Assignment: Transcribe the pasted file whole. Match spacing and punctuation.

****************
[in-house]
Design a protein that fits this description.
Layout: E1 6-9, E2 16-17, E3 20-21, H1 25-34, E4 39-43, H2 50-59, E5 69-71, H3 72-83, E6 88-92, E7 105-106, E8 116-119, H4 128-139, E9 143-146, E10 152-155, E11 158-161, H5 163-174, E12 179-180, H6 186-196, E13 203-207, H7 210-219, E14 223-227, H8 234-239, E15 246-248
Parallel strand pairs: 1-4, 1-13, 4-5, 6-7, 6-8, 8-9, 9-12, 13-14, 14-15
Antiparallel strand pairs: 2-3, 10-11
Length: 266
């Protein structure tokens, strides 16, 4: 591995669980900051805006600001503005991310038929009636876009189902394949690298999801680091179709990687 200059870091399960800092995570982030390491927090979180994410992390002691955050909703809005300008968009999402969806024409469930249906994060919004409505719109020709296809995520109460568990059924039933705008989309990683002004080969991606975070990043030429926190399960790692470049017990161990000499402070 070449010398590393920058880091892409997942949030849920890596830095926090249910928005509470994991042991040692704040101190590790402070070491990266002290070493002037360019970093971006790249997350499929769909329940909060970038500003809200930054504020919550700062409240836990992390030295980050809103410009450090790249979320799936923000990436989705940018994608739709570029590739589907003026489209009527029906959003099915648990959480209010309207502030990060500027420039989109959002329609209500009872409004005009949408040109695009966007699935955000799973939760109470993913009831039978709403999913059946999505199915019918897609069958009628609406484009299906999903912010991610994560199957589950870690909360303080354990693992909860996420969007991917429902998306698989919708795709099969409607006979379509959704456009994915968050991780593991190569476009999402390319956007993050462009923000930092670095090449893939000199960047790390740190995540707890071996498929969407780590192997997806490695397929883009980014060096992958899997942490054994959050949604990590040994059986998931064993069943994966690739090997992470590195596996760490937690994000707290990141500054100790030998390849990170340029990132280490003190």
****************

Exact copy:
[in-house]
Design a protein that fits this description.
Layout: E1 6-9, E2 16-17, E3 20-21, H1 25-34, E4 39-43, H2 50-59, E5 69-71, H3 72-83, E6 88-92, E7 105-106, E8 116-119, H4 128-139, E9 143-146, E10 152-155, E11 158-161, H5 163-174, E12 179-180, H6 186-196, E13 203-207, H7 210-219, E14 223-227, H8 234-239, E15 246-248
Parallel strand pairs: 1-4, 1-13, 4-5, 6-7, 6-8, 8-9, 9-12, 13-14, 14-15
Antiparallel strand pairs: 2-3, 10-11
Length: 266
């Protein structure tokens, strides 16, 4: 591995669980900051805006600001503005991310038929009636876009189902394949690298999801680091179709990687 200059870091399960800092995570982030390491927090979180994410992390002691955050909703809005300008968009999402969806024409469930249906994060919004409505719109020709296809995520109460568990059924039933705008989309990683002004080969991606975070990043030429926190399960790692470049017990161990000499402070 070449010398590393920058880091892409997942949030849920890596830095926090249910928005509470994991042991040692704040101190590790402070070491990266002290070493002037360019970093971006790249997350499929769909329940909060970038500003809200930054504020919550700062409240836990992390030295980050809103410009450090790249979320799936923000990436989705940018994608739709570029590739589907003026489209009527029906959003099915648990959480209010309207502030990060500027420039989109959002329609209500009872409004005009949408040109695009966007699935955000799973939760109470993913009831039978709403999913059946999505199915019918897609069958009628609406484009299906999903912010991610994560199957589950870690909360303080354990693992909860996420969007991917429902998306698989919708795709099969409607006979379509959704456009994915968050991780593991190569476009999402390319956007993050462009923000930092670095090449893939000199960047790390740190995540707890071996498929969407780590192997997806490695397929883009980014060096992958899997942490054994959050949604990590040994059986998931064993069943994966690739090997992470590195596996760490937690994000707290990141500054100790030998390849990170340029990132280490003190």